As technology advances, and as those entering the workforce depend upon it and expect that it will be available for them, the workplace and workforce will be better for it.  And every level of government can start to prepare for that future now.

Image via Toria/

Gadi Ben-Yehuda is the Director of Innovation and Social Media for the IBM Center for The Business of Government. Previously, he was a Web Strategist for the District of Columbia's Office of the Chief Technology Officer. He has taught creative, expository, and Web writing for more than 10 years to university students, private-sector professionals, and soldiers. He has an MFA in poetry from American University, has taught writing at Howard University, and has worked in Washington, DC, for nonprofits, lobbying organizations, Fleishman-Hillard Global Communications, and Al Gore's 2000 presidential campaign.

Close [ x ] More from GovExec

Thank you for subscribing to newsletters from
We think these reports might interest you:

  • Sponsored by Brocade

    Best of 2016 Federal Forum eBook

    Earlier this summer, Federal and tech industry leaders convened to talk security, machine learning, network modernization, DevOps, and much more at the 2016 Federal Forum. This eBook includes a useful summary highlighting the best content shared at the 2016 Federal Forum to help agencies modernize their network infrastructure.

  • Sponsored by CDW-G

    GBC Flash Poll Series: Merger & Acquisitions

    Download this GBC Flash Poll to learn more about federal perspectives on the impact of industry consolidation.

  • Sponsored by One Identity

    One Nation Under Guard: Securing User Identities Across State and Local Government

    In 2016, the government can expect even more sophisticated threats on the horizon, making it all the more imperative that agencies enforce proper identity and access management (IAM) practices. In order to better measure the current state of IAM at the state and local level, Government Business Council (GBC) conducted an in-depth research study of state and local employees.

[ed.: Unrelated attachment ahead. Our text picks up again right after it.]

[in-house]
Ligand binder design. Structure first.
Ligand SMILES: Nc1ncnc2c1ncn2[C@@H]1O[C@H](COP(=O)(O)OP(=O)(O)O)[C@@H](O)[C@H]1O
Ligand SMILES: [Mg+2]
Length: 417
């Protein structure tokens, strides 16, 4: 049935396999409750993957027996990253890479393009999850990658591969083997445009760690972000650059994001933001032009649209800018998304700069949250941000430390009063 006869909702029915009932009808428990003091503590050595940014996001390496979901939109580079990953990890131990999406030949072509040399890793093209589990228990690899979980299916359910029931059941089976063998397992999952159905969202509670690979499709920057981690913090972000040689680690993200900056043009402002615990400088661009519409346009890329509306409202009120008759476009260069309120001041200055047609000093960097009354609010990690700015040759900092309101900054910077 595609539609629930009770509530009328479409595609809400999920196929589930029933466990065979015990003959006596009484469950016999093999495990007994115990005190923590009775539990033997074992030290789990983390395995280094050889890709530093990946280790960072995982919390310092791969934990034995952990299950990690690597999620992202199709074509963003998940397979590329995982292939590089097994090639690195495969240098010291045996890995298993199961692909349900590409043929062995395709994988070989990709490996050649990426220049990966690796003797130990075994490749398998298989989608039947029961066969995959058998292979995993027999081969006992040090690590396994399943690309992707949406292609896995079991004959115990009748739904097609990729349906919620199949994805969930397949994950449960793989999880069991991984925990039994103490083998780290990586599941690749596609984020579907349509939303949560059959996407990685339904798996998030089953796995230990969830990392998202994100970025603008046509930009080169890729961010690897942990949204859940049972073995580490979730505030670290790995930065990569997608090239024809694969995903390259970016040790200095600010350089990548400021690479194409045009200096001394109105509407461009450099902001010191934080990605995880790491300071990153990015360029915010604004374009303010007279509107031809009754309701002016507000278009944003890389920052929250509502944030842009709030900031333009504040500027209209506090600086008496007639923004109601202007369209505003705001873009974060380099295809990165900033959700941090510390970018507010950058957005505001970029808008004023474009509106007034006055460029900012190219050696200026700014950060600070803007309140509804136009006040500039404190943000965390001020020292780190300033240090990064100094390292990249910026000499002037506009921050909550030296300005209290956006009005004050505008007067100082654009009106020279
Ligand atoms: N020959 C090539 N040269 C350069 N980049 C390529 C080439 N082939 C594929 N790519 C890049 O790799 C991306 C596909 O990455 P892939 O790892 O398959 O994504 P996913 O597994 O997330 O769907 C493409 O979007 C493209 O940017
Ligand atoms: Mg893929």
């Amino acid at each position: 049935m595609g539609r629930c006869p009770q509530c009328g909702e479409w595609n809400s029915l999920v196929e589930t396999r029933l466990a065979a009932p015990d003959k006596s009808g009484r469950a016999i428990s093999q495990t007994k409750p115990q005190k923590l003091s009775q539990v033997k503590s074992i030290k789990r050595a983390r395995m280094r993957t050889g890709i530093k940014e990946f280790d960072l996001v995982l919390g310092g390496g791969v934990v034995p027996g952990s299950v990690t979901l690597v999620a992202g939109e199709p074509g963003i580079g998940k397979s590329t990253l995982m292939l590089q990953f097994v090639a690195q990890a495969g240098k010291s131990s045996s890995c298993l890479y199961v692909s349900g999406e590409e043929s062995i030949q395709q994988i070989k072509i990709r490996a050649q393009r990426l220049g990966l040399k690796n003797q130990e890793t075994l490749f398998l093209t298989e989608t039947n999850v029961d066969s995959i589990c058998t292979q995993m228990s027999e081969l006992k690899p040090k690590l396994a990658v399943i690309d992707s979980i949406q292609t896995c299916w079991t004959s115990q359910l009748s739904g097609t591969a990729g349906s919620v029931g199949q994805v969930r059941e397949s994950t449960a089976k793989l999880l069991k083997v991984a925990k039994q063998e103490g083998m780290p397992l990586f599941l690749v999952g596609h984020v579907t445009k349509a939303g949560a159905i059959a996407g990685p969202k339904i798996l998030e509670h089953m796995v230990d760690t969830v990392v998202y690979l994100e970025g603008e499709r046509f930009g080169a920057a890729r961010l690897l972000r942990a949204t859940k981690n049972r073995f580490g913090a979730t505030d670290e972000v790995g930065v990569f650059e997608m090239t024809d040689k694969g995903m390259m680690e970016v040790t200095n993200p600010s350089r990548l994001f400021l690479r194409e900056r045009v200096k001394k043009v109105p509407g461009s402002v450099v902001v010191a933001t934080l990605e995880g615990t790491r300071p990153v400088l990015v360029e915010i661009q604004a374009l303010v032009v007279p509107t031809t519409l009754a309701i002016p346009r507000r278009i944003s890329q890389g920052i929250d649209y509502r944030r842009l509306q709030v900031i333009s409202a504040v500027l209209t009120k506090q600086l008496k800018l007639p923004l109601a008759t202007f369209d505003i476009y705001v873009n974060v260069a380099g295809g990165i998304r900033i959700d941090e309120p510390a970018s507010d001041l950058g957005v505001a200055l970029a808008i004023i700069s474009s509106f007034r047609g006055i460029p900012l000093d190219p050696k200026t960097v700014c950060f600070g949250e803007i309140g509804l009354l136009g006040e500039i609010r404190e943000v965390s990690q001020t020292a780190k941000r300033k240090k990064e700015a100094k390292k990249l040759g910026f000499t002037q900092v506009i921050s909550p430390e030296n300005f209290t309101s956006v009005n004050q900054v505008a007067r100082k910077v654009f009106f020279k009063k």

• Sponsored by Aquilent

    The Next Federal Evolution of Cloud

    This GBC report explains the evolution of cloud computing in federal government, and provides an outlook for the future of the cloud in government IT.

  • Sponsored by Aquilent

    A DevOps Roadmap for the Federal Government

    This GBC Report discusses how DevOps is steadily gaining traction among some of government's leading IT developers and agencies.

  • Sponsored by LTC Partners, administrators of the Federal Long Term Care Insurance Program

    Approaching the Brink of Federal Retirement

    Approximately 10,000 baby boomers are reaching retirement age per day, and a growing number of federal employees are preparing themselves for the next chapter of their lives. Learn how to tackle the challenges that today's workforce faces in laying the groundwork for a smooth and secure retirement.

  • Sponsored by Hewlett Packard Enterprise

    Cyber Defense 101: Arming the Next Generation of Government Employees

    Read this issue brief to learn about the sector's most potent challenges in the new cyber landscape and how government organizations are building a robust, threat-aware infrastructure

  • Sponsored by Aquilent

    GBC Issue Brief: Cultivating Digital Services in the Federal Landscape

    Read this GBC issue brief to learn more about the current state of digital services in the government, and how key players are pushing enhancements towards a user-centric approach.

  • Sponsored by CDW-G

    Joint Enterprise Licensing Agreements

    Read this eBook to learn how defense agencies can achieve savings and efficiencies with an Enterprise Software Agreement.

  • Sponsored by Cloudera

    Government Forum Content Library

    Get all the essential resources needed for effective technology strategies in the federal landscape.


When you download a report, your information may be shared with the underwriters of that document.